Chapter 49. Time-Dependent Crack Growth in Ceramic Composites: From Single Fibers to Bridged Cracks

  1. Todd Jessen and
  2. Ersan Ustundag
  1. C. A. Lewinsohn,
  2. C. H. Henager Jr. and
  3. R. H. Jones

Published Online: 26 MAR 2008

DOI: 10.1002/9780470294628.ch49

24th Annual Conference on Composites, Advanced Ceramics, Materials, and Structures: A: Ceramic Engineering and Science Proceedings, Volume 21, Issue 3

24th Annual Conference on Composites, Advanced Ceramics, Materials, and Structures: A: Ceramic Engineering and Science Proceedings, Volume 21, Issue 3

How to Cite

Lewinsohn, C. A., Henager, C. H. and Jones, R. H. (2000) Time-Dependent Crack Growth in Ceramic Composites: From Single Fibers to Bridged Cracks, in 24th Annual Conference on Composites, Advanced Ceramics, Materials, and Structures: A: Ceramic Engineering and Science Proceedings, Volume 21, Issue 3 (eds T. Jessen and E. Ustundag), John Wiley & Sons, Inc., Hoboken, NJ, USA. doi: 10.1002/9780470294628.ch49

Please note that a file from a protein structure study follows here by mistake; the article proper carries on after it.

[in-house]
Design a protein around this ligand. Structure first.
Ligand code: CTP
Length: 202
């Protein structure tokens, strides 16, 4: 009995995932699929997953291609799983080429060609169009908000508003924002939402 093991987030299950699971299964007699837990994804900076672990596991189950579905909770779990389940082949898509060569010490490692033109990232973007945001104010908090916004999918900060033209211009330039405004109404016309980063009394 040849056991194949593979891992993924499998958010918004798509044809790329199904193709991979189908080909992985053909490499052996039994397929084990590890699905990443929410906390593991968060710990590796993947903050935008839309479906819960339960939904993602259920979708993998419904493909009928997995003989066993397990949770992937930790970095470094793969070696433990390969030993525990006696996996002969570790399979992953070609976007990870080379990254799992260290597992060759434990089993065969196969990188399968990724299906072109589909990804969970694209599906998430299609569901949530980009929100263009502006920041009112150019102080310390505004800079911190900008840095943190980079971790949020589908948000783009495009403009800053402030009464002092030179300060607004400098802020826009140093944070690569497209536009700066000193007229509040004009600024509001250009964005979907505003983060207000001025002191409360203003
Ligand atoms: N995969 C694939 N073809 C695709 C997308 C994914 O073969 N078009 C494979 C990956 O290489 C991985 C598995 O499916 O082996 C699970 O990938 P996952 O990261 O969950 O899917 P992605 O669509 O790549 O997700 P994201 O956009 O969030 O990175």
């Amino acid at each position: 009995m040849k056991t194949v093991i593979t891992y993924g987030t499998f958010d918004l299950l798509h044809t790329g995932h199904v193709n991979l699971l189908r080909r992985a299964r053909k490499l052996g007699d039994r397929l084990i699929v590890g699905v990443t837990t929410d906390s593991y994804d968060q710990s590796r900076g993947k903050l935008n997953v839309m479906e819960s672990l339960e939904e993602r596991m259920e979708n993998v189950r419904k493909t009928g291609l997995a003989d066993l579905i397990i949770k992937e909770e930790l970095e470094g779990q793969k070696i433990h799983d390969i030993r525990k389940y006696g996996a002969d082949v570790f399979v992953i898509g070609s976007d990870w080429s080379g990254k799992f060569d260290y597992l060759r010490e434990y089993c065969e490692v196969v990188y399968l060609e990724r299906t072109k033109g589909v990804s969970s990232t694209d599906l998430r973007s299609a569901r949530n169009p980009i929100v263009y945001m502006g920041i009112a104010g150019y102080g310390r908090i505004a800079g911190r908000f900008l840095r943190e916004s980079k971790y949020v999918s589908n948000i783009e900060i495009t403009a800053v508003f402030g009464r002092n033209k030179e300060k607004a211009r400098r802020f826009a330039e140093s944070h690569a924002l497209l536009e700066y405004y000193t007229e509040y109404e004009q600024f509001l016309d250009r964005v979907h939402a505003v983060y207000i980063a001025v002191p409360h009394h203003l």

Author Information

  1. Pacific Northwest National Laboratory, PO Box 999. Richland, WA 99352 USA

Publication History

  1. Published Online: 26 MAR 2008
  2. Published Print: 1 JAN 2000

ISBN Information

Print ISBN: 9780470375686

Online ISBN: 9780470294628

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Keywords:

  • fiber-bridged matrix cracking;
  • acoustic emission;
  • stress-strain curve;
  • rupture stress;
  • intermediate temperature stress rupture

Summary

Several failure mechanisms, dictated by environmental conditions, temperature, interphase thickness, etc. occur in continuous fiber-reinforced ceramic matrix composites containing interphases that are susceptible to oxidation. Experimental techniques have been used to identify these mechanisms and conditions under which they occur. Details of the mechanical state of fibers that bridge matrix cracks, during the operation of each mechanism, are required to allow the application of models that can predict time-dependent, subcritical crack growth. This paper will present evidence of environmentally induced failure and discuss a simple method, using the compliance of individual fibers, for describing the stress state of fibers that bridge matrix cracks.